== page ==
CONTEXT: Little is known about how thyroid diseases affect work ability. OBJECTIVE: The objective of this study was to evaluate the risk of work disability for patients with thyroid disease compared with the general population. DESIGN, SETTING, AND PARTICIPANTS: In a longitudinal register study, outpatients (n = 862) with nontoxic goiter, hyperthyroidism, Graves' orbitopathy (GO), autoimmune hypothyroidism, or other thyroid diseases and their matched controls (n = 7043) were observed in the years 1994-2011 in Danish national registers of social benefits, health, and work characteristics. Cox regression analyses estimated adjusted hazard ratios (HRs) for the first year after diagnosis and subsequent years. MAIN OUTCOME MEASURES: Transitions between work, long-term sickness absence, unemployment, and disability pension were measured. RESULTS: Patients differed significantly from the general population with regard to sickness absence, disability pension, return from sickness absence, and unemployment. In the first year after diagnosis, higher risks of sickness absence was seen for GO (HR 6.94) and other hyperthyroid patients (HR 2.08), who also had lower probability of returning from sickness absence (HR 0.62) and higher risk of disability pension (HR 4.15). Patients with autoimmune hypothyroidism showed a lower probability of returning from sickness absence (HR 0.62). In subsequent years, GO patients had significantly higher risk of sickness absence (HR 2.08), lower probability of return from sickness absence (HR 0.51), and unemployment (HR 0.52) and a higher risk of disability pension (HR 4.40). Hyperthyroid patients also had difficulties returning from sickness absence (HR 0.71). CONCLUSIONS: Thyroid patients' risk of work disability is most pronounced in the first year after diagnosis and attenuates in subsequent years. GO patients have the highest risk of work disability.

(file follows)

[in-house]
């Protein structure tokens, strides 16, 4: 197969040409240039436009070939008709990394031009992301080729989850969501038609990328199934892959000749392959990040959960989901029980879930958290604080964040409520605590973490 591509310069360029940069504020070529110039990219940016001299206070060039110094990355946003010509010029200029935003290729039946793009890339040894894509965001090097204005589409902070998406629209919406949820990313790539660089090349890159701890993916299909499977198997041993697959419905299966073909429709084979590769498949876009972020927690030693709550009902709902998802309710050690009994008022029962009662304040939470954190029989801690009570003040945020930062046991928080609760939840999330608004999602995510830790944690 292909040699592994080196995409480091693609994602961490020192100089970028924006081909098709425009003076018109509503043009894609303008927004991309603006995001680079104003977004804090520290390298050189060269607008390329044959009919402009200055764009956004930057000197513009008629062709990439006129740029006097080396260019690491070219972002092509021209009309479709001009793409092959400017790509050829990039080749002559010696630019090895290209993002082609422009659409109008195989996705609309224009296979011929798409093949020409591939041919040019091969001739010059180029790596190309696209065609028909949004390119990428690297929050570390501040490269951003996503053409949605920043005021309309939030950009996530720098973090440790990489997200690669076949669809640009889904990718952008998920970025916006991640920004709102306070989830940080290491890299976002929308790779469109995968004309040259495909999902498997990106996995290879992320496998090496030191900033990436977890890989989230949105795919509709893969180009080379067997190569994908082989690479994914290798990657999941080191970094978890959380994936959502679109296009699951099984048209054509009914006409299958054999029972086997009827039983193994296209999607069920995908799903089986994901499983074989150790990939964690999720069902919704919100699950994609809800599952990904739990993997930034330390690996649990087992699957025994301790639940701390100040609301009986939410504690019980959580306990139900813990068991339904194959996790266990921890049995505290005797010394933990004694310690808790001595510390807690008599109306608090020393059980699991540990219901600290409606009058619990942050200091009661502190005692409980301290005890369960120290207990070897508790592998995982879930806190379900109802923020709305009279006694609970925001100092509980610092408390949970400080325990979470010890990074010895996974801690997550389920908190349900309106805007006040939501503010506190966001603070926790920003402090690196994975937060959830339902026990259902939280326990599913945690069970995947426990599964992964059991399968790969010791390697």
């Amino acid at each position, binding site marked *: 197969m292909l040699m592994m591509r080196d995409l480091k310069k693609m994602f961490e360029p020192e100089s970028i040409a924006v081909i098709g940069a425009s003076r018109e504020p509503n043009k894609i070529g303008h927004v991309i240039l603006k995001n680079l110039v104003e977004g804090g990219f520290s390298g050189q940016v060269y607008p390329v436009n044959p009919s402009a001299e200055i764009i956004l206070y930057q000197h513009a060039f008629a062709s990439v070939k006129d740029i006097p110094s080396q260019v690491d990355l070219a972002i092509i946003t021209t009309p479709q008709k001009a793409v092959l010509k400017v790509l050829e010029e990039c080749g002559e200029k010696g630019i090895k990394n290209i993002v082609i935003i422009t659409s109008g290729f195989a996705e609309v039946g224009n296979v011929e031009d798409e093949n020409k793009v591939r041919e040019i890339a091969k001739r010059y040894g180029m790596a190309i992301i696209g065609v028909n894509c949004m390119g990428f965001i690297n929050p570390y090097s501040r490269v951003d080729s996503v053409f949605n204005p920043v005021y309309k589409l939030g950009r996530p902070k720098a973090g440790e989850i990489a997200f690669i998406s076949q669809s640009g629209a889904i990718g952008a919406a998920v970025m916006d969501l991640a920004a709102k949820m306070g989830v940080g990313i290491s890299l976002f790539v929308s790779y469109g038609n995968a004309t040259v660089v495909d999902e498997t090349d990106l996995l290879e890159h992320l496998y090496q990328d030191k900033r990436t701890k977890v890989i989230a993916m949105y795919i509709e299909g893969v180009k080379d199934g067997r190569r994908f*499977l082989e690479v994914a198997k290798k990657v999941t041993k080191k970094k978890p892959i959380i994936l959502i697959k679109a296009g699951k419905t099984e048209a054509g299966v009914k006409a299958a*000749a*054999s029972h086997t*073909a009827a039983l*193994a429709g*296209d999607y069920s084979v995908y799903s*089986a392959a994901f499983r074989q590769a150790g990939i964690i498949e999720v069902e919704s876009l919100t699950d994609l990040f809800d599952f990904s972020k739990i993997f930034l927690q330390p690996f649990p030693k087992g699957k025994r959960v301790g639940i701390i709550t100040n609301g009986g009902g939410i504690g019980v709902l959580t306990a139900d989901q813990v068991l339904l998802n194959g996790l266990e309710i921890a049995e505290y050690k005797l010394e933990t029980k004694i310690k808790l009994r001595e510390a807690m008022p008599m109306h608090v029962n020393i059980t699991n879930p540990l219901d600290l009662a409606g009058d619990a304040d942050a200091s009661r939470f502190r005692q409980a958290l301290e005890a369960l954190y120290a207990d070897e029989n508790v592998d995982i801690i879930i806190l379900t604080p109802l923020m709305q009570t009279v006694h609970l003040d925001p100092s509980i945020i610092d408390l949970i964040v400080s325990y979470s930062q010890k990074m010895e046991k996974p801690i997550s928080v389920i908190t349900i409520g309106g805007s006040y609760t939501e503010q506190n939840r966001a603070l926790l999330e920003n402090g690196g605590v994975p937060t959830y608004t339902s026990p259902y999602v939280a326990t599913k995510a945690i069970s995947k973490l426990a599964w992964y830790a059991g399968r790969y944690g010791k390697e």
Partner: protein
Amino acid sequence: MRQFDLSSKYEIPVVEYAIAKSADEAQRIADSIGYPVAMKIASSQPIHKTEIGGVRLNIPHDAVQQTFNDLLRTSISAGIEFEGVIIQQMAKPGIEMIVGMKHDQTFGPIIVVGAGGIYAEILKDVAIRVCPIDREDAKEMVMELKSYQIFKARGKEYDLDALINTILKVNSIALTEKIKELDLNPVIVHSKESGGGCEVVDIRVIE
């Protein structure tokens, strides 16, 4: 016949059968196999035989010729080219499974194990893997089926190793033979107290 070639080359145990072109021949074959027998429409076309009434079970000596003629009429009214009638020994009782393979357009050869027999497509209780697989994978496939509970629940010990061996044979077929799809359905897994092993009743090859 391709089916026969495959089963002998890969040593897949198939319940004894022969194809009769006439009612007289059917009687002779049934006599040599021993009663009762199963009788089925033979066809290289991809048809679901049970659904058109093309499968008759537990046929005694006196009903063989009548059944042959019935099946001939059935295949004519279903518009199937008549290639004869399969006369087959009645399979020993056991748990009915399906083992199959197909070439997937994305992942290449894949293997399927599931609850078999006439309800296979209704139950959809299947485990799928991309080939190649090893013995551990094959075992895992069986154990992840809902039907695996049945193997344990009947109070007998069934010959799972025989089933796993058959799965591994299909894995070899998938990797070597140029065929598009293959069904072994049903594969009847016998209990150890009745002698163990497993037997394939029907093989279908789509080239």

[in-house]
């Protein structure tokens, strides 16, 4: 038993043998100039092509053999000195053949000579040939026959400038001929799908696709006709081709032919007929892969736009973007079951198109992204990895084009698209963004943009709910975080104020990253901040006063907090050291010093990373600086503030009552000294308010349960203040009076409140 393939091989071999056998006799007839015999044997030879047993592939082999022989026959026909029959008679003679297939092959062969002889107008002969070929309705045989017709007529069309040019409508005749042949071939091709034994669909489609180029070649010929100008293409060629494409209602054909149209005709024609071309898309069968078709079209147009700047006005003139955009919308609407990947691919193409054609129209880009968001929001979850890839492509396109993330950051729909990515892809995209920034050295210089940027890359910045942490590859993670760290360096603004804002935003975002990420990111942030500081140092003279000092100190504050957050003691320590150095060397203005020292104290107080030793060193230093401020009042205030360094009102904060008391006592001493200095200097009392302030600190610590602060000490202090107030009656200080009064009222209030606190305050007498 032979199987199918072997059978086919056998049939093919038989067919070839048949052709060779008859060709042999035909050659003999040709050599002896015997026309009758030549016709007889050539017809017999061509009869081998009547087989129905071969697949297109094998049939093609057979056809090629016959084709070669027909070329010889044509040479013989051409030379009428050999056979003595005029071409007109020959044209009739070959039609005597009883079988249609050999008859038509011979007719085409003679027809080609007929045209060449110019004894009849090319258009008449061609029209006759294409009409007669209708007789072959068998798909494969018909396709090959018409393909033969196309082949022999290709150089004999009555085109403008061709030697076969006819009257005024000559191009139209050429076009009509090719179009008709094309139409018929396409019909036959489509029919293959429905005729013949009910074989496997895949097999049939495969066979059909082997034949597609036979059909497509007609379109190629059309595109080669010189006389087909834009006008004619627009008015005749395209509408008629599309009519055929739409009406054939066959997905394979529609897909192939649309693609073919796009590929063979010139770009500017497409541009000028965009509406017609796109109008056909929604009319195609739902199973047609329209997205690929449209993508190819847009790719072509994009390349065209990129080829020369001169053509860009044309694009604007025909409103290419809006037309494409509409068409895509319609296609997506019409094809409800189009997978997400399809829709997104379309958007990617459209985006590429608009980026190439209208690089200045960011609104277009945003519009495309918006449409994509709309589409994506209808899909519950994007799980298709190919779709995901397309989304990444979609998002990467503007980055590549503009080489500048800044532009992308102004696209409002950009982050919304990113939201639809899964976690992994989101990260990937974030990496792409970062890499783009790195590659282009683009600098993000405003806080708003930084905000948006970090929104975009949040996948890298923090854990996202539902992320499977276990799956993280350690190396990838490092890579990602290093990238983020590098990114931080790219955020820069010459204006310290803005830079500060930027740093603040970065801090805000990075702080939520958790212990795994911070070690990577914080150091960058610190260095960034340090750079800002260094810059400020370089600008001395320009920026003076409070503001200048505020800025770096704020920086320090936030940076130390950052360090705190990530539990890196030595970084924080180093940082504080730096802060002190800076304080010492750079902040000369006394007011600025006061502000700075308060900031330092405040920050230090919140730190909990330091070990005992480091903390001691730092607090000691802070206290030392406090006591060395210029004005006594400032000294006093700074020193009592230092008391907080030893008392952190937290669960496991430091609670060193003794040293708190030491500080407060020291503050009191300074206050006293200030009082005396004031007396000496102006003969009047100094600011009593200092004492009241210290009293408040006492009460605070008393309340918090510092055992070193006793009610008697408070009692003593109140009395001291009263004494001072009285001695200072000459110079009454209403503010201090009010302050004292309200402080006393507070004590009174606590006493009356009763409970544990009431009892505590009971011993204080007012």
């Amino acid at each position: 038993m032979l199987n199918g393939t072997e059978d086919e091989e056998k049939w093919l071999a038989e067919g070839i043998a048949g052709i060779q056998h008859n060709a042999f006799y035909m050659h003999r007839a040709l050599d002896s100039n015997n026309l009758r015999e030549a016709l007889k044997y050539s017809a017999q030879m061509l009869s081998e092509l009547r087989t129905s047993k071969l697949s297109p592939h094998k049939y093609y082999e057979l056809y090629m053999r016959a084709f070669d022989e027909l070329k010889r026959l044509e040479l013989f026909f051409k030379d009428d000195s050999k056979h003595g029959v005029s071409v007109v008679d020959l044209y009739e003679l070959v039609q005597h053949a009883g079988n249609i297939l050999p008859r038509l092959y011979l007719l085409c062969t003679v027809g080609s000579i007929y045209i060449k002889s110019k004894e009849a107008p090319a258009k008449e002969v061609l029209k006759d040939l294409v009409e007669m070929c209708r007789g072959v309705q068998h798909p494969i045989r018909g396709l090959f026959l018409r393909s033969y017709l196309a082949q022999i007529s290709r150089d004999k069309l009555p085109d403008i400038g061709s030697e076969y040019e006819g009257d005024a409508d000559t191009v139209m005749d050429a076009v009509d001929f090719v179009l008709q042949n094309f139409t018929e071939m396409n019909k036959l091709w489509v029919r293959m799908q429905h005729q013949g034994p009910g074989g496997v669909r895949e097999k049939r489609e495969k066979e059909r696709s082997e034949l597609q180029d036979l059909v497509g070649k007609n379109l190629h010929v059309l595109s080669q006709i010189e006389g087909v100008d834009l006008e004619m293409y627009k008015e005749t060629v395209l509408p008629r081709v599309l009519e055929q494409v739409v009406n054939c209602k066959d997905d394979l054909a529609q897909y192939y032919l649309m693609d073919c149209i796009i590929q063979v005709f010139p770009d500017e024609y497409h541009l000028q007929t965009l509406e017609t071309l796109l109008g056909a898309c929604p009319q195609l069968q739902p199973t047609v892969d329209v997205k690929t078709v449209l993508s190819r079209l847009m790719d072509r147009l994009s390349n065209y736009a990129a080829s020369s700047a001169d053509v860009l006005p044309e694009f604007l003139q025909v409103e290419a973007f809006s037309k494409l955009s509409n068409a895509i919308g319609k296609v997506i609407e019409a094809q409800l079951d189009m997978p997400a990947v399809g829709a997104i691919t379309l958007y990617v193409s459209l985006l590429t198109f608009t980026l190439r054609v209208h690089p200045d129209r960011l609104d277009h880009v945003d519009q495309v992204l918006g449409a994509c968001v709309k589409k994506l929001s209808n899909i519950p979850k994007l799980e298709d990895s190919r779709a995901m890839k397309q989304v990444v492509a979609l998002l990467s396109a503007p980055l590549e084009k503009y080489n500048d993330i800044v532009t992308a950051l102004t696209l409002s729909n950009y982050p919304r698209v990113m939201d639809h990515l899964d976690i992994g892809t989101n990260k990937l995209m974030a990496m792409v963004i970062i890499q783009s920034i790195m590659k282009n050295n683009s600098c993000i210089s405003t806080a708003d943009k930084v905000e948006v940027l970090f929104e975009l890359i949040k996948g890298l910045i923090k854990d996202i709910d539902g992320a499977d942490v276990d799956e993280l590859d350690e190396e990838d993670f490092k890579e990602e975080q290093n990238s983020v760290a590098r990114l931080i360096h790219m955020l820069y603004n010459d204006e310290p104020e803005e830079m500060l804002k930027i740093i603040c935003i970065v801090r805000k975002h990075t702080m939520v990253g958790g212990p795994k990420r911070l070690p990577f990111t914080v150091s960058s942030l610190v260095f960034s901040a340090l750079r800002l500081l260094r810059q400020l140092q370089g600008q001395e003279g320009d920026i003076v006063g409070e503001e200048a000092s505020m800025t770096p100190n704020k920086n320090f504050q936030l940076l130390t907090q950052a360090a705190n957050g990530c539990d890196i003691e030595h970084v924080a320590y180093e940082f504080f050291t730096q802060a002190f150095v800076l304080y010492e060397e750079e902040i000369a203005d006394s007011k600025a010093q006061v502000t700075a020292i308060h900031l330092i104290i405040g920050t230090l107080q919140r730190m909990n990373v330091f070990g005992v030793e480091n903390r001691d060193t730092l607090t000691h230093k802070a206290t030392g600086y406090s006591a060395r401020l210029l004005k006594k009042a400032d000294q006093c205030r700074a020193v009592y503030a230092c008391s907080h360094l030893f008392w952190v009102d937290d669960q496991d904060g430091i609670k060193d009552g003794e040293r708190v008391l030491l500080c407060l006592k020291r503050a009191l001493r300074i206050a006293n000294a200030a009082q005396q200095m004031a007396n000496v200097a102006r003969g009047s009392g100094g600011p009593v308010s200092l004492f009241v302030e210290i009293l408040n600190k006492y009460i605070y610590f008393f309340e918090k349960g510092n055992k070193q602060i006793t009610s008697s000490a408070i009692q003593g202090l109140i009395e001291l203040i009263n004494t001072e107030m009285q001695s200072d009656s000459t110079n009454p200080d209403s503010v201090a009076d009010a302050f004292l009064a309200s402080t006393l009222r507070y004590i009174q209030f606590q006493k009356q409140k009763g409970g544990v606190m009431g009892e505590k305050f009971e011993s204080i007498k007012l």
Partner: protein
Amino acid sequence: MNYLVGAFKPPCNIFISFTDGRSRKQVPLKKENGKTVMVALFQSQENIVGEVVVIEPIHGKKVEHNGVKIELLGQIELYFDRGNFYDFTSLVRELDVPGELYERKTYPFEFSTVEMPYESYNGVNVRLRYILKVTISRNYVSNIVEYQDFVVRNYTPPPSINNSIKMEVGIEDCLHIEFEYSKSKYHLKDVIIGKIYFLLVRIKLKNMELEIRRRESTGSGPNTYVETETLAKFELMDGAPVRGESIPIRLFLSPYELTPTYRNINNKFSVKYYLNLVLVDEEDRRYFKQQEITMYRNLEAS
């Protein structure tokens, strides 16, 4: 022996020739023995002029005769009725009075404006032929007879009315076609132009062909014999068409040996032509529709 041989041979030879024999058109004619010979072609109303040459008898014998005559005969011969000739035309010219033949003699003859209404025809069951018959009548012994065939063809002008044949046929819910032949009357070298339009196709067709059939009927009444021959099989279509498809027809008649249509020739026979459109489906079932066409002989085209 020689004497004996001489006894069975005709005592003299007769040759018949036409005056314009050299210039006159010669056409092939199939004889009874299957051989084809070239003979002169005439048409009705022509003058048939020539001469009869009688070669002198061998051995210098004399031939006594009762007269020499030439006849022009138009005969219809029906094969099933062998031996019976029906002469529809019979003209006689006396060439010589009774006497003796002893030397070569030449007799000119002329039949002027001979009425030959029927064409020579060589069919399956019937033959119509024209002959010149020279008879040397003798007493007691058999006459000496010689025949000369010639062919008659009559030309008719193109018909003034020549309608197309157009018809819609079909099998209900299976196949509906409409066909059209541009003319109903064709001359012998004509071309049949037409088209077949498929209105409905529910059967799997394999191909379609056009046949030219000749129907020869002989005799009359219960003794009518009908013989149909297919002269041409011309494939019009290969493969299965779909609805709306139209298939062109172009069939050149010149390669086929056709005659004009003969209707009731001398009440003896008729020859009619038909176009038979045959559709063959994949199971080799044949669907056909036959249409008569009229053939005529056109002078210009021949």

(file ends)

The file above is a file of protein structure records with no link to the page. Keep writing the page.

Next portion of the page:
Journal of Clinical Endocrinology and Metabolism, 2014, Vol 99, Issue 9, p. 3184-92